• Fri
  • Oct 24, 2014
  • Updated: 6:04am

Seas of change

PUBLISHED : Saturday, 03 June, 2006, 12:00am
UPDATED : Saturday, 03 June, 2006, 12:00am
 

USUally when we hear about Hong Kong's past, we are told that, in the mid-19th century, the city was little more than a few small but thriving fishing villages.


We may also hear about the waterfall at Aberdeen and that the deep harbour was discovered by sailors carrying silk and porcelain to other parts of Asia.


Victoria Harbour and the passages that surround it was the catalyst which made Hong Kong a thriving shipping centre. Its history is celebrated today by the Hong Kong Maritime Museum.


Situated in Murray Hous in Stanley and an historic building in its own right, the museum tells Hong Kong's story in two parts going back a lot farther than 150 years.


The 'older' part focuses on life more than 2,000 years ago as it tells the story of the early Chinese junks which travelled thousands of kilometres.


You can learn about the eunuch general who took huge fleets of junks on exploratory voyages. There are also silk screens and models of ships to add colour to the historic tale.


Loads of models? Sounds boring.


Far from it. This is not a stare-at-it in glass cases kind of museum.


There are costumes, beautiful, detailed silk tapestries, maps, and even a gun from an officer of the East India Company. When you have had enough of the ancient stuff, cross over to the modern, via a blown-up photograph dating back to 1911. The detail on it is fantastic.


You can look at Victoria Harbour and see steam ships and the original waterfront where only a handful of the majestic colonial buildings remain. This includes the former Supreme Court, which is now the Legislative Council.


So what's the modern stuff, then?


This side is more fun because you can play interactive games. The museum is privately owned and was financed by shipping families. Some of Hong Kong's shipping families, that of former chief executive Tung Chee-hwa. These families' container ship businesses, and those that have now also moved into ports and container terminals, dwarf the businesses of others around the world.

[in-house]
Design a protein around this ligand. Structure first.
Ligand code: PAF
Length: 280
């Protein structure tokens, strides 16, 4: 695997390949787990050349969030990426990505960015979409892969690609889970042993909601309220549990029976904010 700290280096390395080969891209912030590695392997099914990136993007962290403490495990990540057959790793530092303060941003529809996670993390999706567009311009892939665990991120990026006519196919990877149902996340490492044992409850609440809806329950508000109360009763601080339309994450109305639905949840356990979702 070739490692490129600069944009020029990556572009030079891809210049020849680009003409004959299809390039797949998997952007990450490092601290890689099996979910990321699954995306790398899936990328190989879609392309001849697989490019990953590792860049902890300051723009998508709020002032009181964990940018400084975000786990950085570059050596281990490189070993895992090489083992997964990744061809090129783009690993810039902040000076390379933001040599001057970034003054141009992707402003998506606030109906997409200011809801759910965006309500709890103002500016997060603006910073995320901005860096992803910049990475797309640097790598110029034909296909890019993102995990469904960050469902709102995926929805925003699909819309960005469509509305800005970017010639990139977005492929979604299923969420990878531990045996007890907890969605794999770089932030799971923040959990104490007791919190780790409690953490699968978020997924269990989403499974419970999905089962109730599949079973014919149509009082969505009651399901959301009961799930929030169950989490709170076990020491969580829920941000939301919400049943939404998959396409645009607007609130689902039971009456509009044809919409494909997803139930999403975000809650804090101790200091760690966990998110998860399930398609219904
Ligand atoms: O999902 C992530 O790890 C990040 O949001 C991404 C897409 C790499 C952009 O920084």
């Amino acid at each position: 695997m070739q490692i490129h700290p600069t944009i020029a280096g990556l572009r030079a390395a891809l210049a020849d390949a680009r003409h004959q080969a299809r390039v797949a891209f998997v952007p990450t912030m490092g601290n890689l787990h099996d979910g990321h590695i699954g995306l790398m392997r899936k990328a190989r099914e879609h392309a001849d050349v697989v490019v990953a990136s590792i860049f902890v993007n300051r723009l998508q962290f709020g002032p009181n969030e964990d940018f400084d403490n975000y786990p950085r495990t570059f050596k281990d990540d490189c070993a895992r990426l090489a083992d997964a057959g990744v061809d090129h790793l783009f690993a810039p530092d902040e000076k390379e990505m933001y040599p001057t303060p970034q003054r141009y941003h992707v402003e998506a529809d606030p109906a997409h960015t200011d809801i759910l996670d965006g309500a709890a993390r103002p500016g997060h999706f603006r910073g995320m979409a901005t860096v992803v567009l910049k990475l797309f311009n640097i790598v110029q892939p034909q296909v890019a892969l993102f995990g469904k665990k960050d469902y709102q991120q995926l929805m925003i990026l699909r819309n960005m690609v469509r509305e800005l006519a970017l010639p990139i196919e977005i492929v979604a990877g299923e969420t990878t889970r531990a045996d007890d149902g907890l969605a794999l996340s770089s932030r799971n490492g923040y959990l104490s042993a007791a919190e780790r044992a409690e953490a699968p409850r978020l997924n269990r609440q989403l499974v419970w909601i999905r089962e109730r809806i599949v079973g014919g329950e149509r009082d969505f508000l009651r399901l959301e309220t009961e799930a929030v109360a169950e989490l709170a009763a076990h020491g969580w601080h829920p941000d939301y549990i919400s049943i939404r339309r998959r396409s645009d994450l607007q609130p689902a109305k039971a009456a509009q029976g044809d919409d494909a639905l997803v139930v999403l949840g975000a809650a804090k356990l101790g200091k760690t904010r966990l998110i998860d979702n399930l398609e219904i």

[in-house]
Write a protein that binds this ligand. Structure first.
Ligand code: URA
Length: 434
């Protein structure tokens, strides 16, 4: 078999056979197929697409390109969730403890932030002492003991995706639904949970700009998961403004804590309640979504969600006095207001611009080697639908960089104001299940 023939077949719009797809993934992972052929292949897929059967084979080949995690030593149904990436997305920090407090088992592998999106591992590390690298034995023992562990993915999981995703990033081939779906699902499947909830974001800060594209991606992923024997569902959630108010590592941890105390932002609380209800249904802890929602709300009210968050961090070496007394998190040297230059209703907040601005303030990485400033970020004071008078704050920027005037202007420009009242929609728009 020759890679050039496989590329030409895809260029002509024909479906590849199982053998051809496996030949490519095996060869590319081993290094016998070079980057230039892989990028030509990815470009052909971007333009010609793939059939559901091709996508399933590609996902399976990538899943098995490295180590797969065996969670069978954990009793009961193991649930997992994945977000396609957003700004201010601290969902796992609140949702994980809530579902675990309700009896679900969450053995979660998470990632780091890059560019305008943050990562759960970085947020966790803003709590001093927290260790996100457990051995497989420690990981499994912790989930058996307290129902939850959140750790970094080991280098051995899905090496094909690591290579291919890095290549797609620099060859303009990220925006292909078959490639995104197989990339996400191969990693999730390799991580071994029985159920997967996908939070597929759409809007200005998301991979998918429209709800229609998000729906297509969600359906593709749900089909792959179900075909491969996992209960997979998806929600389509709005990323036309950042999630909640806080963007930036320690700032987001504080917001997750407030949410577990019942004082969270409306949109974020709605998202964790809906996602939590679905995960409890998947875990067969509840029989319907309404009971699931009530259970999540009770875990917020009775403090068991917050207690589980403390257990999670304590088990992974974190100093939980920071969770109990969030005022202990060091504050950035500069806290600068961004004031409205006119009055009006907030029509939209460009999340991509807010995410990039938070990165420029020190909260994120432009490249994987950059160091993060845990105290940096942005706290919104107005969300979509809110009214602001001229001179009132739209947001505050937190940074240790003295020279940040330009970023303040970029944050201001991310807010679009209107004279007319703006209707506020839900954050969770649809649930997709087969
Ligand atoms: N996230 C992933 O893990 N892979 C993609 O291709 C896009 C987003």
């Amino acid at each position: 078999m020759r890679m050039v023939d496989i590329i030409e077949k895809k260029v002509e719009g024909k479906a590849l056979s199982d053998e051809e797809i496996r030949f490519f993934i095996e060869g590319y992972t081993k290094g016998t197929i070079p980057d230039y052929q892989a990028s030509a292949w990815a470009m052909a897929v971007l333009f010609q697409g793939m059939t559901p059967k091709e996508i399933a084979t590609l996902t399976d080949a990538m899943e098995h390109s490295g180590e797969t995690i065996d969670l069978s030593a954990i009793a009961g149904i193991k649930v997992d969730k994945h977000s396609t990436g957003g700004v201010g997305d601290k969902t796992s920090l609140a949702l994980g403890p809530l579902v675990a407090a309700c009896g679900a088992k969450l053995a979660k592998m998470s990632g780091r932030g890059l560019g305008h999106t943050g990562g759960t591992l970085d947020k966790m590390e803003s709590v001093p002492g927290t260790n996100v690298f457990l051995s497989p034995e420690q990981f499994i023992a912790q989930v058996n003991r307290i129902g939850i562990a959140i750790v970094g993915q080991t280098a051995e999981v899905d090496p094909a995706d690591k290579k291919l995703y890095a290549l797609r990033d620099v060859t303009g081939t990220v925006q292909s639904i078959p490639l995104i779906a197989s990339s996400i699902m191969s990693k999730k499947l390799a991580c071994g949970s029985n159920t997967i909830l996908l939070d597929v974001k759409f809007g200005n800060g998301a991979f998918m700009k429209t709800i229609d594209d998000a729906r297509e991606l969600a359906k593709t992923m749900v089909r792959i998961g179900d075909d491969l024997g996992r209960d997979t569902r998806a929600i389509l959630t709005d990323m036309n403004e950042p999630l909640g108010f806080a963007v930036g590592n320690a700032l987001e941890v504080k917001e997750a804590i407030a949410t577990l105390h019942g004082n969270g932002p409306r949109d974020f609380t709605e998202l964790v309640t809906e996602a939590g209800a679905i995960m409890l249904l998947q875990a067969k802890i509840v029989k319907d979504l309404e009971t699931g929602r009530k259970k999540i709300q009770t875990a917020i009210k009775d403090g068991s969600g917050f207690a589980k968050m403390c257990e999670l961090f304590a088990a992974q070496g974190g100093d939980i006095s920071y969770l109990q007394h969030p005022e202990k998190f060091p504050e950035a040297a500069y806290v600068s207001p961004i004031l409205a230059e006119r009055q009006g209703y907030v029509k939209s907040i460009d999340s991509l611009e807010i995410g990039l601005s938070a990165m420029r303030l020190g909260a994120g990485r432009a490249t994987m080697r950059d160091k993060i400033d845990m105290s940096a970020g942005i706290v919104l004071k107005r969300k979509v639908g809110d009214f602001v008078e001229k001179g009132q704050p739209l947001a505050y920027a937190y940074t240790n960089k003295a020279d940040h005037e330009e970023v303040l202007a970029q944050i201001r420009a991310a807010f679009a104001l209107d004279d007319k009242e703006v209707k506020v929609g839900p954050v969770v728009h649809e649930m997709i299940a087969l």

When people heard that the museum was being set up last year, people from the shipping industry sent all sorts of items and artifacts. For example, the museum has the steering mechanism and the bridge instruments from a dismantled container ship.


With the help of computer simulation visitors can now steer a container ship into port and park it at a berth. If you like you can ignore the rules, and just crash it into other boats around the harbour.


Then there's another rather tricky game where you have to control a crane putting containers onto a ship. If you get it wrong, and the boat capsizes. There is also a big-screen video showcasing Hong Kong's ship-building industry.


In the first half of last century it was a major employer in Hong Kong. There were big shipbuilding yards in Kowloon and elsewhere, but this industry began to flag as the boats became larger.


Built in the 1840s, Murray House was one of the first buildings built by British colonial Hong Kong.


Where can I get something to eat and drink?


You can buy snacks in the modern shopping centre in the plaza in front of Murray House.


Hong Kong Maritime Museum


G/F, Murray House, Stanley Plaza, Stanley, Hong Kong


Tel: 2813 2322 www.hkmaritimemuseum.org


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